Prince Harry was very vulnerable when he appeared alongside and Oprah Winfrey in their new series “The Me You Can’t See”.
The mental health series for Apple TV+ will help “lift the veil on the current state of mental health and emotional well-being.”
In the first episode, the Duke of Sussex got real about his own mental health journey, which began after the 1997 death of his mother, Princess Diana.
“I wasn’t in an environment that encourages it,” Harry said of speaking with his family about the anxiety he was experiencing, explaining it was “squashed.”
Winfrey questioned Harry about what made him decide to start going to therapy four years ago, and he noted “the past” as a reason he first sought help, admitting he was “unaware” of the concept of holding on to grief.
“I always wanted to be normal, as opposed to ‘Prince Harry,’ just being just ‘Harry.’ It was a puzzling life,” he said. “Unfortunately, when I think about my mom, the first thing that comes to mind is always the same one over and over again.”
Harry then told a story about his mother and her own struggles with mental health.
“Straps in the car with the seatbelt across, my brother as well and my mother driving being chased by three, four, five paparazzi,” Harry recalled, adding Diana was “unable to drive because of the tears.”
Harry said that one occurring feeling was “helplessness” that he couldn’t do anything to help her.
“That happened every single day,” he revealed. “Every single day until she died.”
The soon-to-be dad of two remembered having to walk in Diana’s funeral procession in the streets of London that brought out thousands of mourners.
“When my mom was taken away from me at the age of 12, just before my 13th birthday, I didn’t want the life, sharing the grief of my mother’s death with the world,” Harry said.
Thinking of Diana’s funeral procession, Harry said his most vivid memory is the “sound of the horse’s hooves going across the pavement.”
“By this point, both of us were in shock. It was like I was out of my body and just walking along doing what was expected of me, showing one-tenth of the emotion everyone else was showing,” he continued. “I was so angry about what happened to her and the fact there was no justice.”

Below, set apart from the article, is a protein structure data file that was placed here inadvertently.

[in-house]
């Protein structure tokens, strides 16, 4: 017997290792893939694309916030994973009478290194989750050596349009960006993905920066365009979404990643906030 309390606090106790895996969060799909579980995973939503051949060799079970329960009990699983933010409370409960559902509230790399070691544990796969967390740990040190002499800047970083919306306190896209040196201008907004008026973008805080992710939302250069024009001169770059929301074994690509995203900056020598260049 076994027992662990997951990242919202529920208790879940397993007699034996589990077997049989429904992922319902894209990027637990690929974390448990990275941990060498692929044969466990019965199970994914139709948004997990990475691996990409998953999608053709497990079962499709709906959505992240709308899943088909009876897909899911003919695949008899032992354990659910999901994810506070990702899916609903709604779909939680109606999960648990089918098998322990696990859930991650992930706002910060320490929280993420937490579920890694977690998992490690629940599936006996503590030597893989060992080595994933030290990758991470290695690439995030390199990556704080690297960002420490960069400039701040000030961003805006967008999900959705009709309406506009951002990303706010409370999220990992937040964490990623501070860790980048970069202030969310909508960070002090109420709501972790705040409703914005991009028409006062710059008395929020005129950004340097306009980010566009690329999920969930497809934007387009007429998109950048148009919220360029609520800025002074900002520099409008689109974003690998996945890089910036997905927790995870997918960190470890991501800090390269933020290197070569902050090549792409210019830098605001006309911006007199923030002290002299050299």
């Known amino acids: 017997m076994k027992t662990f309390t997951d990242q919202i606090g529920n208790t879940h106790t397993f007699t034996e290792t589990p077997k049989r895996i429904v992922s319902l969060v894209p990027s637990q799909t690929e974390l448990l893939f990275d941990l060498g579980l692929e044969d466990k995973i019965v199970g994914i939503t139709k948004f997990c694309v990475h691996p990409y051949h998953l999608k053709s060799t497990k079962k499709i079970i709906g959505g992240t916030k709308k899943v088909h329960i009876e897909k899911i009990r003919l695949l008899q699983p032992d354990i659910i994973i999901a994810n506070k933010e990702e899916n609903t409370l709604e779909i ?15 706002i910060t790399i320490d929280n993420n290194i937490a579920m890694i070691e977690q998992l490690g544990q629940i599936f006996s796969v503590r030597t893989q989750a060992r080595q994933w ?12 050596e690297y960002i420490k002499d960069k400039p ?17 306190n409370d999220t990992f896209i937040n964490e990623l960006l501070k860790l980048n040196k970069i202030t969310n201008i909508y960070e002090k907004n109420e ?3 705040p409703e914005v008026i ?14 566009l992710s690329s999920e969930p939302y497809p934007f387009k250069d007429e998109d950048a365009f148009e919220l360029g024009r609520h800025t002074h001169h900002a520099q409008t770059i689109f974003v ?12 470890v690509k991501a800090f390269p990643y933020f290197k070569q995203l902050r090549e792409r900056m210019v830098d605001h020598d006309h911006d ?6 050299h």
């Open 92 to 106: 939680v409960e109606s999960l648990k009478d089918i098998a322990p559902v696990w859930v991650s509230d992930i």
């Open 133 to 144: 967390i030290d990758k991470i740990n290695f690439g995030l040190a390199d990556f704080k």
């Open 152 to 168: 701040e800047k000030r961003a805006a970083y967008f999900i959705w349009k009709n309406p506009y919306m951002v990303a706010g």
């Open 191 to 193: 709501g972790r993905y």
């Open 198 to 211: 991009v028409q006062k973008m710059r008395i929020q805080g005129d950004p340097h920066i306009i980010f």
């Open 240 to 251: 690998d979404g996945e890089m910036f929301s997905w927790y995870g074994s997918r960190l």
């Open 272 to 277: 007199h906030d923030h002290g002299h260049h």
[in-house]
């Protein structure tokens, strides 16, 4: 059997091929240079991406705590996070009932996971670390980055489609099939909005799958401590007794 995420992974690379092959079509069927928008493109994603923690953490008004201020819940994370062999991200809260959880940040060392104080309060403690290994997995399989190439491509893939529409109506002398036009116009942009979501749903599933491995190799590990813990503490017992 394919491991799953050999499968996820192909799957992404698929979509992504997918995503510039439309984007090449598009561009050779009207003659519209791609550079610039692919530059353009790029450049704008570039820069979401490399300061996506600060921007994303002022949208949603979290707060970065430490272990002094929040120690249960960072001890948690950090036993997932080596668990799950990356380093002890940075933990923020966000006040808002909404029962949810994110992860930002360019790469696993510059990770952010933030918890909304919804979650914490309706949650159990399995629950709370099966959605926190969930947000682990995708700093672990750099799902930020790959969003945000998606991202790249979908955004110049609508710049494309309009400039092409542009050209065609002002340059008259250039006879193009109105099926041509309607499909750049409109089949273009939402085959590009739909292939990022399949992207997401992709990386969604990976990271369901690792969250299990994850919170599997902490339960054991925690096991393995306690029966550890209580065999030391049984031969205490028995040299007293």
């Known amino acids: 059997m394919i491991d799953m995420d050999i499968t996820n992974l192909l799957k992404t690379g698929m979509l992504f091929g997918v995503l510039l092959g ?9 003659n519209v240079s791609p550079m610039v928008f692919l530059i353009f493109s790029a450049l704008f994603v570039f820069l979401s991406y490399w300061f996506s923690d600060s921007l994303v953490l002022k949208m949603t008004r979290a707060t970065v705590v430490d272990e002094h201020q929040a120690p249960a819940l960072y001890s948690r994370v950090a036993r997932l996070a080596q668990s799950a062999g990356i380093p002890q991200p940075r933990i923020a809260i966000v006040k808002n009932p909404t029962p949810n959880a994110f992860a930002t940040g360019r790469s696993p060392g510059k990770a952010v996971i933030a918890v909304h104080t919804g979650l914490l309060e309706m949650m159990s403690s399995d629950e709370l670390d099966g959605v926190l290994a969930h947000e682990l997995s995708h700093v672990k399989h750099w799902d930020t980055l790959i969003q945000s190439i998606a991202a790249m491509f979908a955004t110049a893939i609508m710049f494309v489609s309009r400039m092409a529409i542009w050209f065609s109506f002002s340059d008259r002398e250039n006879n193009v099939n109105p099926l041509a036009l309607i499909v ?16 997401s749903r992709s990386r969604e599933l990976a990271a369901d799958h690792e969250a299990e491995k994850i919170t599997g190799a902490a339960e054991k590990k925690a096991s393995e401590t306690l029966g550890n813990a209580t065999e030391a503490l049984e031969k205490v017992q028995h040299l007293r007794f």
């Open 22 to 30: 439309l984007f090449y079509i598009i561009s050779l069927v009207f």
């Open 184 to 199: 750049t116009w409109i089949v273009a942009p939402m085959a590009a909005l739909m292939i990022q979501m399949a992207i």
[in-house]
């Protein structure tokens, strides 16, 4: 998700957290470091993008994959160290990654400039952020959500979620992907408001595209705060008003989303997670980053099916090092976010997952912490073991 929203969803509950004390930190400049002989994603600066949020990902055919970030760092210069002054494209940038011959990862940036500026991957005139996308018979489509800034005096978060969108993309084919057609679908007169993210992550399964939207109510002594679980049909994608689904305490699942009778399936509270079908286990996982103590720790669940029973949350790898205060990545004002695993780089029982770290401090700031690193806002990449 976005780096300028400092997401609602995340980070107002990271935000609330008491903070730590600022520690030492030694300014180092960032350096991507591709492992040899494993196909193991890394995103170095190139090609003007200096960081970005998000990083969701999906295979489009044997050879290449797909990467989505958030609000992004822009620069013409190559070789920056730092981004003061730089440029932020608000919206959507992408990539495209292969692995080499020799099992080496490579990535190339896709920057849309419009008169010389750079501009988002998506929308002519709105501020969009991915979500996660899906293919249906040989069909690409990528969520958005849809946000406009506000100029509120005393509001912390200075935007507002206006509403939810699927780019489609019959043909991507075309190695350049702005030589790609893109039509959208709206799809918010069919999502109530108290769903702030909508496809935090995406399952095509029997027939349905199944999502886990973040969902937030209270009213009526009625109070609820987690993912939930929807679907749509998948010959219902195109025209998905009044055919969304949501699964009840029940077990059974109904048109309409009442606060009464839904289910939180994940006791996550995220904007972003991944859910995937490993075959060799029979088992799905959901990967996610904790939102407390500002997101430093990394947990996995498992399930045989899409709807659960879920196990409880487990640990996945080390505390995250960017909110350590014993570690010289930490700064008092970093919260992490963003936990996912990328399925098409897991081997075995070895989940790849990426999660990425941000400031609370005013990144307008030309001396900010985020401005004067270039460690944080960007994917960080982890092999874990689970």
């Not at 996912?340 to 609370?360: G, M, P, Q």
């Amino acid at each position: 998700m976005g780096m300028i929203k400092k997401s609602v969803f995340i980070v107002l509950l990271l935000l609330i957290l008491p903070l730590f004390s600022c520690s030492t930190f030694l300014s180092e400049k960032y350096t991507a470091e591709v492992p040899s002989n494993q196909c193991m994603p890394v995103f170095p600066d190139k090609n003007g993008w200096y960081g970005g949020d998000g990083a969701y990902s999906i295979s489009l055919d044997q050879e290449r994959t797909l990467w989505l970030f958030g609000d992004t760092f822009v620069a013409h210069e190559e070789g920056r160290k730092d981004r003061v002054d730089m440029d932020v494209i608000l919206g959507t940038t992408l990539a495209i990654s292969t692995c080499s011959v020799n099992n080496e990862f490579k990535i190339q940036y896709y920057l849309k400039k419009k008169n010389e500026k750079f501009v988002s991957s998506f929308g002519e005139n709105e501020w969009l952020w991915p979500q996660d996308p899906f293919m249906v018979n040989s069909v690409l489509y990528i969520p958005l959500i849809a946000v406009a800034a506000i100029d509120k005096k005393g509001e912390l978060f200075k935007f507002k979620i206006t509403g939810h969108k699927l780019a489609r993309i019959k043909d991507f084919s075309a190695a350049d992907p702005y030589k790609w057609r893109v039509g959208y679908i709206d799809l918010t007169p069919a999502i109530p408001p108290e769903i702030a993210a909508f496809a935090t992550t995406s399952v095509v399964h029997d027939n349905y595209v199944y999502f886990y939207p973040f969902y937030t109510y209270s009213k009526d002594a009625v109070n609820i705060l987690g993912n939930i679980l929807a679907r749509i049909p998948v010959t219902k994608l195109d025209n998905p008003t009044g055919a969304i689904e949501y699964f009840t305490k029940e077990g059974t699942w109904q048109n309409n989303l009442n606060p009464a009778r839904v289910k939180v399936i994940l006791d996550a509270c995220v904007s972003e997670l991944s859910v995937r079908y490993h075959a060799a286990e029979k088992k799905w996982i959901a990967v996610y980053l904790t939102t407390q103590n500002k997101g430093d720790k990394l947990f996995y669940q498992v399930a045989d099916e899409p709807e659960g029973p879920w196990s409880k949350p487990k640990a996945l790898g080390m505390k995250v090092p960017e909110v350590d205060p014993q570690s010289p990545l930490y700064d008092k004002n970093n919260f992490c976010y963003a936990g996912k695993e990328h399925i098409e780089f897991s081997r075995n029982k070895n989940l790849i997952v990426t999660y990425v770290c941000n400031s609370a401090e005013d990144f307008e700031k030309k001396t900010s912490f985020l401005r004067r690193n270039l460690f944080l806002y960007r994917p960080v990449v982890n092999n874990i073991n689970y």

Prince Harry said that he didn’t want to think about Diana because just makes him “sad I can’t bring her back.”
A teenage Harry hid away the pain for many years until turning to a “fight-or-flight mode” from ages 28 to 32, noting it was a “nightmare time” for anxiety attacks.
“I was willing to drink. I was willing to take drugs. I was willing to try and do the things that made me feel less like I was feeling,” he said. “But I slowly became aware that, OK, I wasn’t drinking Monday to Friday, but I would probably drink a week’s worth in one day on a Friday or a Saturday night. And I would find myself drinking not because I was enjoying it, but because I was trying to mask something.”
Harry explained that the “happiest” time in his life was his 10 years in the army because he was treated like everyone else.
“Towards my late twenties, I was starting to ask questions like, ‘Should I really be here?'” Harry said of being a member of the Royal Family. “That is when I suddenly went, ‘You can’t keep hiding from this,’ and family members have said, ‘Just play the game and your life will be easier,’ but I’ve got a hell of a lot of my mom in me,” he continued.
“I feel like I am outside of the system but I’m still stuck there,” Harry said. “The only way to free yourself and break out is to tell the truth.”
It wasn’t until he met Meghan Markle, he explained, that he knew he would need to get therapy.
“I quickly established that if this relationship was going to work, I was going to have to deal with my past because there was an anger there.”
“The Me You Can’t See” debuts May 21 on Apple TV+.